Pennsylvania Highways
Yellow Book Interstate Proposals


Many people know or have heard of the Interstate legislation that was proposed and passed in 1956.  This congressional bill ushered in the era of Interstate highway construction.  However, earlier in 1947, a plan was devised by then Bureau of Public Roads the forerunner to today's Federal Highway Administration.  The plans that were drawn up for the Interstate system at that point were published in a book called "The Yellow Book."  Here are the proposal maps for the Interstate system in six cities in Pennsylvania:  Allentown, Erie, Harrisburg, Philadelphia, Pittsburgh, and Reading.

Allentown The east-west corridor shown is the Lehigh Valley Thruway, which
was to be initially signed as I-78.  The spurs off of it into Allentown
and Bethlehem were to be I-178 and I-378.
Erie The north-south Interstate proposed would have taken a more
direct route into downtown Erie, as opposed to the current I-79
alignment skirting the central business district to the west.  The
east-west proposed Interstate is very similar to the I-90 alignment.
Harrisburg Very similar to the layout of the Interstate system in and around
Harrisburg today.  There are two differences between this map and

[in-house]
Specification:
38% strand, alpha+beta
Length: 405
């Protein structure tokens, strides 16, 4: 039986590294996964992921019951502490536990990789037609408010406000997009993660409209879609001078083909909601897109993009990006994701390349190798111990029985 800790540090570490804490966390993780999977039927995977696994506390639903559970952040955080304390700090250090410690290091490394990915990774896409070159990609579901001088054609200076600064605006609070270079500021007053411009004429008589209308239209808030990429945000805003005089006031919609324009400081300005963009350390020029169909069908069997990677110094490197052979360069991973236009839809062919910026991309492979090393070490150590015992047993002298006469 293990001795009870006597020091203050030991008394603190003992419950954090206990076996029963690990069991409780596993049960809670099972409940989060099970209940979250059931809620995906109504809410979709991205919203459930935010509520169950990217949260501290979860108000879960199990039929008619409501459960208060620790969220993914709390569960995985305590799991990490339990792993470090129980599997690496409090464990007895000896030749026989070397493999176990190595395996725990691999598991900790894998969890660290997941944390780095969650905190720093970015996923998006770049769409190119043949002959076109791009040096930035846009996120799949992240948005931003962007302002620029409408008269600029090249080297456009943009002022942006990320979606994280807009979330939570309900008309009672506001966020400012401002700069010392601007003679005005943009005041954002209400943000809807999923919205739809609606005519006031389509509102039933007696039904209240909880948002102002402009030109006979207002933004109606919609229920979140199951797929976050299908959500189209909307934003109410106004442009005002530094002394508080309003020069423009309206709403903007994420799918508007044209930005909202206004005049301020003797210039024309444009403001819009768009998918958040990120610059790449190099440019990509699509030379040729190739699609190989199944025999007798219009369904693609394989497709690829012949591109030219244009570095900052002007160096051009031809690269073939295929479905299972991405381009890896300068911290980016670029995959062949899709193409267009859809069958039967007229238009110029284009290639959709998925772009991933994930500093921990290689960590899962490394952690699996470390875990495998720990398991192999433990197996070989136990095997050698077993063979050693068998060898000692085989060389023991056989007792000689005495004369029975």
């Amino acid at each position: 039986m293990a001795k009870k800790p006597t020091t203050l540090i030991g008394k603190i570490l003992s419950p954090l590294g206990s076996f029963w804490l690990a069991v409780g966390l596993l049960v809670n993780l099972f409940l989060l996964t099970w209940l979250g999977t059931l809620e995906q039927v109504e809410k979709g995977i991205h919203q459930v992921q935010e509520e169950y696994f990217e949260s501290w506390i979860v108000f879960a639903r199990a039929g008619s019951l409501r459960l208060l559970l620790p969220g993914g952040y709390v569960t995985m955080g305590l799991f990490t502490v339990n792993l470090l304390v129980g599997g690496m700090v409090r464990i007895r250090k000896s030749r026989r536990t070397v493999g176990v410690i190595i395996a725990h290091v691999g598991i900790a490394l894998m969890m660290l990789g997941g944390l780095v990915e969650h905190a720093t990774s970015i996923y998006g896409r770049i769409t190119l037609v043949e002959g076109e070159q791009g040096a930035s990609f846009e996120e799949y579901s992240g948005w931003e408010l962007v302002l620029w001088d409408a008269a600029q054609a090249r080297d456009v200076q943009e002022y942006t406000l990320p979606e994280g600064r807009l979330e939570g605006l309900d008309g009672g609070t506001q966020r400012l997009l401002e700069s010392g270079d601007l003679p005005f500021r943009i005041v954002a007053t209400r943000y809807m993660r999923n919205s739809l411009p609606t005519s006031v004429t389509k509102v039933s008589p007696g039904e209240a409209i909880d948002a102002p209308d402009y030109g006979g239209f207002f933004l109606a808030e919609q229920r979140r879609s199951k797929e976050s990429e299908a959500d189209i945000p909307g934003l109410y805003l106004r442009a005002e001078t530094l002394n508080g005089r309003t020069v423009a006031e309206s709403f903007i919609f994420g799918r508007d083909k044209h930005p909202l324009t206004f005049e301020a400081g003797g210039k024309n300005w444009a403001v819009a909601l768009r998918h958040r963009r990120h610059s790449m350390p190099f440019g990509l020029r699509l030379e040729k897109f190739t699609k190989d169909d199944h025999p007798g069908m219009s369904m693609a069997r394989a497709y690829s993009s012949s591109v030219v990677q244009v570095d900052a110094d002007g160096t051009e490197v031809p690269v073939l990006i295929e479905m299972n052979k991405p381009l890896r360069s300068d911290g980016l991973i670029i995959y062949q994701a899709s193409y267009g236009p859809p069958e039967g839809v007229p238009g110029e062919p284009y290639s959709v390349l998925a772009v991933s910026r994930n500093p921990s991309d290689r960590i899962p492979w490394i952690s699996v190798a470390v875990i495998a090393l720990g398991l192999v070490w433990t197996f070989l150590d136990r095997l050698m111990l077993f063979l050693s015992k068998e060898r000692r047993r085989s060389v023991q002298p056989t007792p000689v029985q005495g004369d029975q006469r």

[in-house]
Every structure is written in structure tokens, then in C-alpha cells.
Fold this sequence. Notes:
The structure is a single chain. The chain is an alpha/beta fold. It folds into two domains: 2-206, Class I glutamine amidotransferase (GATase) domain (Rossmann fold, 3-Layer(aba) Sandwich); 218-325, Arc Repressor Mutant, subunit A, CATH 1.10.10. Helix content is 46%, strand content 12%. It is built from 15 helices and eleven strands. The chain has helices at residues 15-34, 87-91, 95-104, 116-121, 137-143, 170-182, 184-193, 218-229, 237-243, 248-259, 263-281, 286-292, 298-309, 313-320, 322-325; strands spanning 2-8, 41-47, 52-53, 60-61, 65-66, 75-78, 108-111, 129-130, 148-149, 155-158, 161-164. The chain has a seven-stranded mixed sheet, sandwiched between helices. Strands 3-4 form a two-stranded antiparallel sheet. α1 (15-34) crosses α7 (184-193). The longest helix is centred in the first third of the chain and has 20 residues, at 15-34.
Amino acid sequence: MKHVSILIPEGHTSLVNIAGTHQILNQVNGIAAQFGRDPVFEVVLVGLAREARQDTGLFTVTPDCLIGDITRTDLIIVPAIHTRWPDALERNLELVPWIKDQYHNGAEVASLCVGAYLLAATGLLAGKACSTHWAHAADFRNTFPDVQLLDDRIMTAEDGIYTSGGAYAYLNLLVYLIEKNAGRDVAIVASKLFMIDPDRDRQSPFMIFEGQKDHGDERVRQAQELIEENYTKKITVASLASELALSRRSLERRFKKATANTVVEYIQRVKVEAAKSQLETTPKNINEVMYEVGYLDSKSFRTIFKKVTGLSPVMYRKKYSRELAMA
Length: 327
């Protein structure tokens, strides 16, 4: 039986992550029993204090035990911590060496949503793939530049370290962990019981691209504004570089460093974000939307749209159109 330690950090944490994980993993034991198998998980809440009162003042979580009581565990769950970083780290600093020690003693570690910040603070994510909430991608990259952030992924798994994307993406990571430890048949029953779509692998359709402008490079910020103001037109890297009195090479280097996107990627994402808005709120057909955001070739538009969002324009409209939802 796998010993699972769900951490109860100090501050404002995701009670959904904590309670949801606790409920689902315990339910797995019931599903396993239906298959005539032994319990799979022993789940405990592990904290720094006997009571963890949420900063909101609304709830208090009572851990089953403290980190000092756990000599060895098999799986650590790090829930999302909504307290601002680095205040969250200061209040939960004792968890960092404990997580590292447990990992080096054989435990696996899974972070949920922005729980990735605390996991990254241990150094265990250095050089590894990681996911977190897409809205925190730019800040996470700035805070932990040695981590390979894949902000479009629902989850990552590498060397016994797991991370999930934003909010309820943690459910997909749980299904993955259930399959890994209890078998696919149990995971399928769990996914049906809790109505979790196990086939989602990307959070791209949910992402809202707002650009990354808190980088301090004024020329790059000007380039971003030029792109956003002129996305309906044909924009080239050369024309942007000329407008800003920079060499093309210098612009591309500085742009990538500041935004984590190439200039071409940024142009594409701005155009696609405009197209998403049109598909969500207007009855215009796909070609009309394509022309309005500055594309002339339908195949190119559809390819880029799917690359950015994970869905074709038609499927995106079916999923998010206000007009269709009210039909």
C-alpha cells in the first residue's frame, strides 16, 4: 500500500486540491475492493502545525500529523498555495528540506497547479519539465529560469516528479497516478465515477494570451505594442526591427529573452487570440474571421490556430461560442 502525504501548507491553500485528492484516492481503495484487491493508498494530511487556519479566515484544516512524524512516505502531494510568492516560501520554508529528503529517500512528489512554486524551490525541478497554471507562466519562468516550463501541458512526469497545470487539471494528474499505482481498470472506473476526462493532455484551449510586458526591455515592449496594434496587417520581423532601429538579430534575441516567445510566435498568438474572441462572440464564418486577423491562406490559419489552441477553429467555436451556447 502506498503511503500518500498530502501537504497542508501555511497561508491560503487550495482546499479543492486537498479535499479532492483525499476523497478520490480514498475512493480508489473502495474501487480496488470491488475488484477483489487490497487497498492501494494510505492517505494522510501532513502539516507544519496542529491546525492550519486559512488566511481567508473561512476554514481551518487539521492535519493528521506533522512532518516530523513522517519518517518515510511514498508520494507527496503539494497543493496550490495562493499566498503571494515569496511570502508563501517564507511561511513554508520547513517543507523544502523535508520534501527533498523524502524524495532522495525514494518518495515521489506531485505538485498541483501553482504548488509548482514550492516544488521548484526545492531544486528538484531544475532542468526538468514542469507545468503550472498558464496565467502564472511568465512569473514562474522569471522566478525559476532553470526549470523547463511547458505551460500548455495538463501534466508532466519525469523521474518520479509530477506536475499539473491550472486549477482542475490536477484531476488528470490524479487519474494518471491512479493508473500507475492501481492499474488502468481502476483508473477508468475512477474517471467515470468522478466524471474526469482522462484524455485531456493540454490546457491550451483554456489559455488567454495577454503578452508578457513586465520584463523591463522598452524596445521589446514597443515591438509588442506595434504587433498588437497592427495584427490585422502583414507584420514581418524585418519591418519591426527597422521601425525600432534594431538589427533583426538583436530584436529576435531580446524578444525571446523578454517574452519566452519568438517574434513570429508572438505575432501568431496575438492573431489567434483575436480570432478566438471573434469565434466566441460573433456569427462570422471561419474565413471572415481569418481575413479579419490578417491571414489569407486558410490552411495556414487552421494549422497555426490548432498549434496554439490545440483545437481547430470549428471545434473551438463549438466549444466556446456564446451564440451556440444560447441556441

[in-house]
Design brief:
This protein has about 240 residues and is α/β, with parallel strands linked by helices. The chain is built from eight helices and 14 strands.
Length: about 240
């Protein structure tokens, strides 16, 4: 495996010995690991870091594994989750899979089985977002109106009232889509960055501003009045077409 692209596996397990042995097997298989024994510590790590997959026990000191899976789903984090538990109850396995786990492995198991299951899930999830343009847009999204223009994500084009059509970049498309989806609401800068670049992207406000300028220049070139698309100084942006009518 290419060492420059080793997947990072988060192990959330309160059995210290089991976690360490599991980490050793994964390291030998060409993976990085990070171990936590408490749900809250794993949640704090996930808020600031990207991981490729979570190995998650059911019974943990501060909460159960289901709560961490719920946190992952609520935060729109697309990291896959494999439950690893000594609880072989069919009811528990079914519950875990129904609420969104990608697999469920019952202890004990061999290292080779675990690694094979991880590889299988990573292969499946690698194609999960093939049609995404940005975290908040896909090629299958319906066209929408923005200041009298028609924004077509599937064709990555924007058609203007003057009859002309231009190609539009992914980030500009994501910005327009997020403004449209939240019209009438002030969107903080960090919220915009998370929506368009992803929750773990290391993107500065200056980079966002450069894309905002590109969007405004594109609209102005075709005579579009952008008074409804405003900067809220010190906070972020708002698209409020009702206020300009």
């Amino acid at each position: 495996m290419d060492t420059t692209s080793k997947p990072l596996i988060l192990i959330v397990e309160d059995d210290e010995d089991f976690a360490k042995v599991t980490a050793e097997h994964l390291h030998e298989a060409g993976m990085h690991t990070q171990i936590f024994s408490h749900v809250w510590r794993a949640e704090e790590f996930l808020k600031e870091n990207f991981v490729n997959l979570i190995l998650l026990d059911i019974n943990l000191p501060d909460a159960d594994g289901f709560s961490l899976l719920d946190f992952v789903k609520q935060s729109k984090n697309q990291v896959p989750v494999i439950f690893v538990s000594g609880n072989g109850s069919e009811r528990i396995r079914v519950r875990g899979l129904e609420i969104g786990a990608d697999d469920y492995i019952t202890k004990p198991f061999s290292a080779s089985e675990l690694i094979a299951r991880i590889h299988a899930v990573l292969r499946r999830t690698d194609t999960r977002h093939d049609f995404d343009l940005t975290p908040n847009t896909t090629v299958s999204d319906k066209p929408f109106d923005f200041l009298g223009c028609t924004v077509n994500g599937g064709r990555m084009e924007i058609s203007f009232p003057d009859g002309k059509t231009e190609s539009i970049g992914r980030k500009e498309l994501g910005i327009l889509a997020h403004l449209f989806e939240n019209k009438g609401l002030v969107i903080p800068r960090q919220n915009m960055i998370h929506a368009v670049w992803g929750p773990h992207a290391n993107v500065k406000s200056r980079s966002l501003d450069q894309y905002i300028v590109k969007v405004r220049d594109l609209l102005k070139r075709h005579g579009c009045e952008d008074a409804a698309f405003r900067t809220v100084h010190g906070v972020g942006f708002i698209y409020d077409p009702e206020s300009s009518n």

the actual Interstate system.  The first is that the north-south
Interstate from York is proposed to connect to the Interstate coming
through Camp Hill from the southwest at a point closer to the
Susquehanna River.  The second is that there is no northern
bypass of Harrisburg as I-81 provides today.
Philadelphia There are some major differences between this map and the
current Interstate system in the City of Brotherly Love.  First, the
western bypass is only proposed to the Schuylkill Expressway, and
not to the Turnpike as I-476 does.  Second, the Delaware River
Bridge is not indicated on this map.  Third, the north-south
Interstate is proposed to come through the central business district,
unlike how I-95 follows the Delaware River through the city.  Fourth,
the northern Interstate through the city is located farther to the north
than I-676.  Lastly, the alignment of the Schuylkill Expressway
through the southern section of the city is also located farther north.
Pittsburgh The biggest difference between this map and the current system in
and around Pittsburgh is that the Interstate from the central
business district to the northern suburbs heads straight to the
Turnpike, unlike how I-279 connects back to I-79 near Wexford.
Reading Out of the six maps, this one matches almost exactly what the
Interstate system looks like in its respective city today.  The
north-south Interstate is close to the I-176 alignment.


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Page updated July 24, 2006.
Content and graphics, unless otherwise noted, copyright Jeffrey J. Kitsko. All rights reserved.
Map scans courtesy of Gene Janczynskyi.